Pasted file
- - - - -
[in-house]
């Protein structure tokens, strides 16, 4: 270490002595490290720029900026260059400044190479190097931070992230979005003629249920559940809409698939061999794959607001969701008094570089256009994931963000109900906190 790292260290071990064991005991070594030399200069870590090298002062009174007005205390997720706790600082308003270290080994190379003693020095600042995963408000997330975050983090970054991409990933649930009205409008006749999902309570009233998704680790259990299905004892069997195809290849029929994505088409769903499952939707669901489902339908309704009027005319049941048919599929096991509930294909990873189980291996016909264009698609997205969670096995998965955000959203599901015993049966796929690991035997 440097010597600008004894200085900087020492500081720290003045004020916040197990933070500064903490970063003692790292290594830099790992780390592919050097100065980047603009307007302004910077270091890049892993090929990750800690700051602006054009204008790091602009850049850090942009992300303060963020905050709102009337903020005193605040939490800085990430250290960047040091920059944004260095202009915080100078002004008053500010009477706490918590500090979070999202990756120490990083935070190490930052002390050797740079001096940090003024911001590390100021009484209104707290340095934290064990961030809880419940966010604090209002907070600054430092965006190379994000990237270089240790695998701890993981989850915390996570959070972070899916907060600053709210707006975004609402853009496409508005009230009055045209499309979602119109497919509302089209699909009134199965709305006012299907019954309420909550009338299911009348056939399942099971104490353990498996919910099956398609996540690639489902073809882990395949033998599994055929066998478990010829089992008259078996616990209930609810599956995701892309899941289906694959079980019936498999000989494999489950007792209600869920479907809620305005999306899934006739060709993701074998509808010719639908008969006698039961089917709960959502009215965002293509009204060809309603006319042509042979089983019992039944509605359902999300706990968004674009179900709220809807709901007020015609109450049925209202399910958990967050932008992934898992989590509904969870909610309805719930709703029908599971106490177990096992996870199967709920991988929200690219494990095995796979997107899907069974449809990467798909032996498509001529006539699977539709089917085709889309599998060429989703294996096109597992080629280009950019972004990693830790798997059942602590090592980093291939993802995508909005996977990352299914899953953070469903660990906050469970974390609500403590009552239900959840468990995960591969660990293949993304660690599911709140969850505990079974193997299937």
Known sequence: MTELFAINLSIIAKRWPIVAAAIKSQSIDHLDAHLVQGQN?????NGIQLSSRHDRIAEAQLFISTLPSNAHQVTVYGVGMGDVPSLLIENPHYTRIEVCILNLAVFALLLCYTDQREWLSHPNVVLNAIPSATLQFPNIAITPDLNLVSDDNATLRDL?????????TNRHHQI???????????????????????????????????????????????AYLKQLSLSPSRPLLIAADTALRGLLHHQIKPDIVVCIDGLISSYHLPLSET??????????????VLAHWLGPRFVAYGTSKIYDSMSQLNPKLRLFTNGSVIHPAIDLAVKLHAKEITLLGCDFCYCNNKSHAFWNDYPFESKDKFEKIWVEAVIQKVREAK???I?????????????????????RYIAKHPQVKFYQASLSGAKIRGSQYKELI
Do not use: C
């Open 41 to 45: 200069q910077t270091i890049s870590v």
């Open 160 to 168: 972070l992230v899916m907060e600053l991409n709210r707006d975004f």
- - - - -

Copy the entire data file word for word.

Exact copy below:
[in-house]
């Protein structure tokens, strides 16, 4: 270490002595490290720029900026260059400044190479190097931070992230979005003629249920559940809409698939061999794959607001969701008094570089256009994931963000109900906190 790292260290071990064991005991070594030399200069870590090298002062009174007005205390997720706790600082308003270290080994190379003693020095600042995963408000997330975050983090970054991409990933649930009205409008006749999902309570009233998704680790259990299905004892069997195809290849029929994505088409769903499952939707669901489902339908309704009027005319049941048919599929096991509930294909990873189980291996016909264009698609997205969670096995998965955000959203599901015993049966796929690991035997 440097010597600008004894200085900087020492500081720290003045004020916040197990933070500064903490970063003692790292290594830099790992780390592919050097100065980047603009307007302004910077270091890049892993090929990750800690700051602006054009204008790091602009850049850090942009992300303060963020905050709102009337903020005193605040939490800085990430250290960047040091920059944004260095202009915080100078002004008053500010009477706490918590500090979070999202990756120490990083935070190490930052002390050797740079001096940090003024911001590390100021009484209104707290340095934290064990961030809880419940966010604090209002907070600054430092965006190379994000990237270089240790695998701890993981989850915390996570959070972070899916907060600053709210707006975004609402853009496409508005009230009055045209499309979602119109497919509302089209699909009134199965709305006012299907019954309420909550009338299911009348056939399942099971104490353990498996919910099956398609996540690639489902073809882990395949033998599994055929066998478990010829089992008259078996616990209930609810599956995701892309899941289906694959079980019936498999000989494999489950007792209600869920479907809620305005999306899934006739060709993701074998509808010719639908008969006698039961089917709960959502009215965002293509009204060809309603006319042509042979089983019992039944509605359902999300706990968004674009179900709220809807709901007020015609109450049925209202399910958990967050932008992934898992989590509904969870909610309805719930709703029908599971106490177990096992996870199967709920991988929200690219494990095995796979997107899907069974449809990467798909032996498509001529006539699977539709089917085709889309599998060429989703294996096109597992080629280009950019972004990693830790798997059942602590090592980093291939993802995508909005996977990352299914899953953070469903660990906050469970974390609500403590009552239900959840468990995960591969660990293949993304660690599911709140969850505990079974193997299937």
Known sequence: MTELFAINLSIIAKRWPIVAAAIKSQSIDHLDAHLVQGQN?????NGIQLSSRHDRIAEAQLFISTLPSNAHQVTVYGVGMGDVPSLLIENPHYTRIEVCILNLAVFALLLCYTDQREWLSHPNVVLNAIPSATLQFPNIAITPDLNLVSDDNATLRDL?????????TNRHHQI???????????????????????????????????????????????AYLKQLSLSPSRPLLIAADTALRGLLHHQIKPDIVVCIDGLISSYHLPLSET??????????????VLAHWLGPRFVAYGTSKIYDSMSQLNPKLRLFTNGSVIHPAIDLAVKLHAKEITLLGCDFCYCNNKSHAFWNDYPFESKDKFEKIWVEAVIQKVREAK???I?????????????????????RYIAKHPQVKFYQASLSGAKIRGSQYKELI
Do not use: C
């Open 41 to 45: 200069q910077t270091i890049s870590v």
């Open 160 to 168: 972070l992230v899916m907060e600053l991409n709210r707006d975004f």